AP Reports On Global Fund Malaria Drug Thefts, Issues Correction
The Associated Press on Wednesday published an article reporting that hundreds of millions of dollars of malaria medication had been stolen from the Global Fund to Fight AIDS, Tuberculosis and Malaria, but later issued a correction (4/20).
The AP correction stated: “The Associated Press reported erroneously that internal documents said the fund suspected $200 million worth of donated malaria drugs had been stolen in Tanzania. The documents indicate that the fund suspected a theft of undetermined value from a $200 million contract for malaria drugs in Tanzania” (4/20).
The Global Fund responded in a press release, saying it “deplores the serious misrepresentations and factual inaccuracies contained” in the article.
“Several allegations in the original AP story had no basis, and overstated the scale of the problem,” according to the release.Â “The article wrongly alleged that ‘perhaps even hundreds of millions’ worth of drugs may be stolen; in reality, over the last two and a half years, the Global Fund has funded a total of $98 million in anti-malaria drugs in the 13 countries mentioned in the article. The Global Fund is currently investigating what portion of this amount might have been diverted. In one instance of confirmed drug thefts from Global Fund procured shipments in Togo, the Global Fund is seeking the repayment of $850,000 of which $600,000 have already been refunded” (4/20).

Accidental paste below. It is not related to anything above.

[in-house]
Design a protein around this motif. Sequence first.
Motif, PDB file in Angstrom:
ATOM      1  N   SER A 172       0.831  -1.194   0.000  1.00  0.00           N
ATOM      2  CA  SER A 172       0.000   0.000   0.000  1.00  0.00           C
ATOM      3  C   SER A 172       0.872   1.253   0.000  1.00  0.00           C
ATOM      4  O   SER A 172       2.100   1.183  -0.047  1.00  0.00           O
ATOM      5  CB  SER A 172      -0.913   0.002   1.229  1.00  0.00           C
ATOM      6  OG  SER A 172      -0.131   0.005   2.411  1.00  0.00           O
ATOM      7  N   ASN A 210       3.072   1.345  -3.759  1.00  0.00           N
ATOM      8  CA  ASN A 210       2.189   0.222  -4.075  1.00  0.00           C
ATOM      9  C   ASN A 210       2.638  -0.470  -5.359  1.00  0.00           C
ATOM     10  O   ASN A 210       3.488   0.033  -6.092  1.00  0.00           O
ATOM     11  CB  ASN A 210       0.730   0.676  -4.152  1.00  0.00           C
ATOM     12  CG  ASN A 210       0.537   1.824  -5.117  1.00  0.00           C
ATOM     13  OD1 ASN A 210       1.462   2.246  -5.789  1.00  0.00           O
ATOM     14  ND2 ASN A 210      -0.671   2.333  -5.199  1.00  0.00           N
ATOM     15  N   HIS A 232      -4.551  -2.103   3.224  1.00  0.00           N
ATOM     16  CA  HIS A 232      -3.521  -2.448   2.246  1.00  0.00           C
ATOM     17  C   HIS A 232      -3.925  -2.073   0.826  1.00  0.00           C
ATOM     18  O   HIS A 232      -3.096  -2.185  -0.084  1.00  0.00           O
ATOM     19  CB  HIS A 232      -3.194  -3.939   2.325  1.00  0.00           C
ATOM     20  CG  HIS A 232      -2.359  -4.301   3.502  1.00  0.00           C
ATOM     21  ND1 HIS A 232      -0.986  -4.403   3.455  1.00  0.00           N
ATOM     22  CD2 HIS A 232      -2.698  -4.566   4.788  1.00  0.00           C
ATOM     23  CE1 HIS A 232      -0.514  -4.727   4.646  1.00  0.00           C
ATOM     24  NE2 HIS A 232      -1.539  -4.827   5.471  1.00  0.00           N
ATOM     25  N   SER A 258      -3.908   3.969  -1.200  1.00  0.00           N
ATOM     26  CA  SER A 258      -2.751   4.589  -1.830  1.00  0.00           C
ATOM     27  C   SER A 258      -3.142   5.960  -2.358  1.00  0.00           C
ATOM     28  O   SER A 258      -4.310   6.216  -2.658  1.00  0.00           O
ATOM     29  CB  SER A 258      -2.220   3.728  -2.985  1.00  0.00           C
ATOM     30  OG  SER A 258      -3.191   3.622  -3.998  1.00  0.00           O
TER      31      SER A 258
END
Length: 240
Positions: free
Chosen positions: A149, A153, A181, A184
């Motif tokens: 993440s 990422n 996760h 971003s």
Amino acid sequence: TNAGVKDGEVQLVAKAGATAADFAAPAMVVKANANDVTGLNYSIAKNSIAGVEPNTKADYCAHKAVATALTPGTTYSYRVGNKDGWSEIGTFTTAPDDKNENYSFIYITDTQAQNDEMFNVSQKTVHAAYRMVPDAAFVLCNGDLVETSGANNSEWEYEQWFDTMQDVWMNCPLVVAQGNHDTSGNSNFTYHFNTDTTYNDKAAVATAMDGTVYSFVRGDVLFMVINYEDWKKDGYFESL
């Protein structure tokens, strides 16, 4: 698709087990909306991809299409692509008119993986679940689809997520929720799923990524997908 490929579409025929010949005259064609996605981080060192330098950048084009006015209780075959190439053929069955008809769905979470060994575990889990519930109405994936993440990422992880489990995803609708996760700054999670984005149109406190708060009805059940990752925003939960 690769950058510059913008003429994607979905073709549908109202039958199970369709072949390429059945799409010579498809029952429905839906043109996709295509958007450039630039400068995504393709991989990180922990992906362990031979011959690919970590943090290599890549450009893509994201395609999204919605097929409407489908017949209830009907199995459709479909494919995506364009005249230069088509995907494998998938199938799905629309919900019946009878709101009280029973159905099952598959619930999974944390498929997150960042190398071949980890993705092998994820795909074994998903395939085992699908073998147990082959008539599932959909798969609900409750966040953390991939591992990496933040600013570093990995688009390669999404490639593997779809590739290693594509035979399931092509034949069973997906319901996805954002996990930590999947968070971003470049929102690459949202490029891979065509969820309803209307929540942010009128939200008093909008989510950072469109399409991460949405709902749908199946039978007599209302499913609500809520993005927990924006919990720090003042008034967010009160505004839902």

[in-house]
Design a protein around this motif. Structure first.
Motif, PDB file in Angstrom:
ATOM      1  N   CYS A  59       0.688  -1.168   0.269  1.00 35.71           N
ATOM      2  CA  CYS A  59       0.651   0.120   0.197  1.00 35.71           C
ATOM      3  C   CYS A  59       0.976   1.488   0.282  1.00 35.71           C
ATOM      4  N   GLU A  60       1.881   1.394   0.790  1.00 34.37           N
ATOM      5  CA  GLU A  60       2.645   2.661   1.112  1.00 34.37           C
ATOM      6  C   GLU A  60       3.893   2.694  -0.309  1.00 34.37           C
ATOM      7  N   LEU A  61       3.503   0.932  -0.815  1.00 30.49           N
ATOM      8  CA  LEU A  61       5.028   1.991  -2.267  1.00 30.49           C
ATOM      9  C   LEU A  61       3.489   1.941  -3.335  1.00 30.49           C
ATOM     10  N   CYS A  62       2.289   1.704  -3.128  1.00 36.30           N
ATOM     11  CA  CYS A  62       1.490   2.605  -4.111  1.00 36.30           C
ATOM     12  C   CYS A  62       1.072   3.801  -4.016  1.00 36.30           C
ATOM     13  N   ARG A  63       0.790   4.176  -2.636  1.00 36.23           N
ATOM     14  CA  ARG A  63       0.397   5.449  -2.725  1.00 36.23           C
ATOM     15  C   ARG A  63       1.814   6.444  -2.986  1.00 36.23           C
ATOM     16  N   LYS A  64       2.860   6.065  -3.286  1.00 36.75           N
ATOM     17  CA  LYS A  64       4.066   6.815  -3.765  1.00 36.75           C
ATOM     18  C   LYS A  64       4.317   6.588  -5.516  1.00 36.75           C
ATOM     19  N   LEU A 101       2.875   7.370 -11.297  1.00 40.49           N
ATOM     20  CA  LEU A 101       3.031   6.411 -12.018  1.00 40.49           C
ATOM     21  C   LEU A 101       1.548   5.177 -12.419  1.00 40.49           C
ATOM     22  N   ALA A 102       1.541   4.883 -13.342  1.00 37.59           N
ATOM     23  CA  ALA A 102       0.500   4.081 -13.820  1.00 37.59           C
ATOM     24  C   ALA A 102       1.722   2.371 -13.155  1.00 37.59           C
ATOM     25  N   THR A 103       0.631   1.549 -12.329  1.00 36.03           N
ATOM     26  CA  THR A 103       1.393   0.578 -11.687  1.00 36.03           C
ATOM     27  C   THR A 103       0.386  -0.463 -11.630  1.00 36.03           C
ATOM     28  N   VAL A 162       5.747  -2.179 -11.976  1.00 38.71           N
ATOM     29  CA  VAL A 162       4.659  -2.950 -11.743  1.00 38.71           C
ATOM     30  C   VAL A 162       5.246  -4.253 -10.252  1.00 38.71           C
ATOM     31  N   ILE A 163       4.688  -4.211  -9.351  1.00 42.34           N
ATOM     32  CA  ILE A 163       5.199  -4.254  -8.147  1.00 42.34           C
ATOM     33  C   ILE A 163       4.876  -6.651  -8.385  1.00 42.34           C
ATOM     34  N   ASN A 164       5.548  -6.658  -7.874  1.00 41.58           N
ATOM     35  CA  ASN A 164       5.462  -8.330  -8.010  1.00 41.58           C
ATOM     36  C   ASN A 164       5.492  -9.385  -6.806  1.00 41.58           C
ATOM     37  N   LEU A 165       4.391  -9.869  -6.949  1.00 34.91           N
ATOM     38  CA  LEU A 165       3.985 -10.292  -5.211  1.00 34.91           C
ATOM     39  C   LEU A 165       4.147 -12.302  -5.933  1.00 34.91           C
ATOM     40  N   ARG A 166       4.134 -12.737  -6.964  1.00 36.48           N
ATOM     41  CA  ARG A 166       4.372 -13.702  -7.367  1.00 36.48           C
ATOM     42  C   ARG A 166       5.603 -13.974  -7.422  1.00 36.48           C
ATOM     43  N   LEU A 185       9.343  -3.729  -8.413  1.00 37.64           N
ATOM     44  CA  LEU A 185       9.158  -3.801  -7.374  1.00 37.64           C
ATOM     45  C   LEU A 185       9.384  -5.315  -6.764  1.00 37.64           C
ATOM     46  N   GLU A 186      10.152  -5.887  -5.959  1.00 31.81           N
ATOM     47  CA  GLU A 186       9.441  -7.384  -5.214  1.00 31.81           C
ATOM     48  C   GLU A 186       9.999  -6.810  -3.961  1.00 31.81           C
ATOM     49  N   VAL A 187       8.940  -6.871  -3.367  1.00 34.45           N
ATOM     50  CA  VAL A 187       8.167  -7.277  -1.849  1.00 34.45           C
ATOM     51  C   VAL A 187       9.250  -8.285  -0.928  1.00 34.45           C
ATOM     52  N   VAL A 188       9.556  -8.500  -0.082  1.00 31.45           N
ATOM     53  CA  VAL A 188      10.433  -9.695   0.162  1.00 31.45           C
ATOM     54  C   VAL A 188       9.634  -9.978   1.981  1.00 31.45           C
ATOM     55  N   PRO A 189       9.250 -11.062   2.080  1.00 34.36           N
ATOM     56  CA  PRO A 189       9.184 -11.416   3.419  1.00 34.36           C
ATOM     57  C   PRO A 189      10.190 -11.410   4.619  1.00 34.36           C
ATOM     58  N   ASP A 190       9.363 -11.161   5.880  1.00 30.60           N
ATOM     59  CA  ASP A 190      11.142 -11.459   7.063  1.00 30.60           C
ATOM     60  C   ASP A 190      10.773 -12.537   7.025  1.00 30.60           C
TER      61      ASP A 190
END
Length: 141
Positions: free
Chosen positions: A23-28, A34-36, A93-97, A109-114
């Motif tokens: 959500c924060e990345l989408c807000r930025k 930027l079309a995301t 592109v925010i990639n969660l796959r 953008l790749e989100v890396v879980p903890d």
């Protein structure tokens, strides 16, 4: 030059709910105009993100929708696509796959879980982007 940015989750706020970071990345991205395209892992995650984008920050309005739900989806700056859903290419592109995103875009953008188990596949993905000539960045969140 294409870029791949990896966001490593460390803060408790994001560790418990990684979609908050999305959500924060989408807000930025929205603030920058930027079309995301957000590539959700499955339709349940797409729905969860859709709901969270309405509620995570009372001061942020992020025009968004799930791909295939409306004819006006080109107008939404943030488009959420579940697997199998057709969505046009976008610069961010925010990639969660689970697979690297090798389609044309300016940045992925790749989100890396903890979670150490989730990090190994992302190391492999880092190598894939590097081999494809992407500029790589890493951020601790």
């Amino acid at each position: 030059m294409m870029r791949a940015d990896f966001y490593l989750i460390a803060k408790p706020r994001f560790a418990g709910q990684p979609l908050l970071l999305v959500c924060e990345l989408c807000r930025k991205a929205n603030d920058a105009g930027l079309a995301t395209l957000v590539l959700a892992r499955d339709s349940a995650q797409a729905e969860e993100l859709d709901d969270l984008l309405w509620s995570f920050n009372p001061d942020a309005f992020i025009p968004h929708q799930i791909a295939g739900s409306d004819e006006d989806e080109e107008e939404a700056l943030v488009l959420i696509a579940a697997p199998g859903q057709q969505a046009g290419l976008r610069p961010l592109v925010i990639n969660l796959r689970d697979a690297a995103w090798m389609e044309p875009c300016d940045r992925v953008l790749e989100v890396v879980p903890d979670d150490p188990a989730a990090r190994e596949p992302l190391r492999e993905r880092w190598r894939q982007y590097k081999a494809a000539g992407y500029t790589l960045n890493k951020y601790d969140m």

According to PBS’ NewsHour’s blog “The Rundown,” the Global Fund “has been investigating malaria medication shipments stolen and sold for profit for monthsÂ â€“ in September, a spokesperson told the NewsHour a probe was ongoing in several countries.”Â However, the blog reports that the scale of theft “is far larger than the tens of thousands of dollars originally suspected” (Miller, 4/20). According to the AP,Â “the fact that these revelations have come to light at all may be due to stricter self-policing and greater transparency at the Global Fund, compared with other aid organizations.”
As part of the internal investigation, “officials identified 13 countries, mostly in Africa,” where a significant number of “malaria drugs have gone missing,” the APÂ writes.Â Global Fund spokesperson Jon Liden “confirmed the fund suspects $2.5 million worth of malaria drugs were stolen from Togo, Tanzania, Sierra Leone, Swaziland and Cambodia, dating mainly from 2009 to 2011, but with some cases going further back. He said investigations are under way to determine how much more was stolen elsewhere,” the AP reports. Liden said, “We take this very seriously and we will do what it takes to protect our investment” (4/20).Â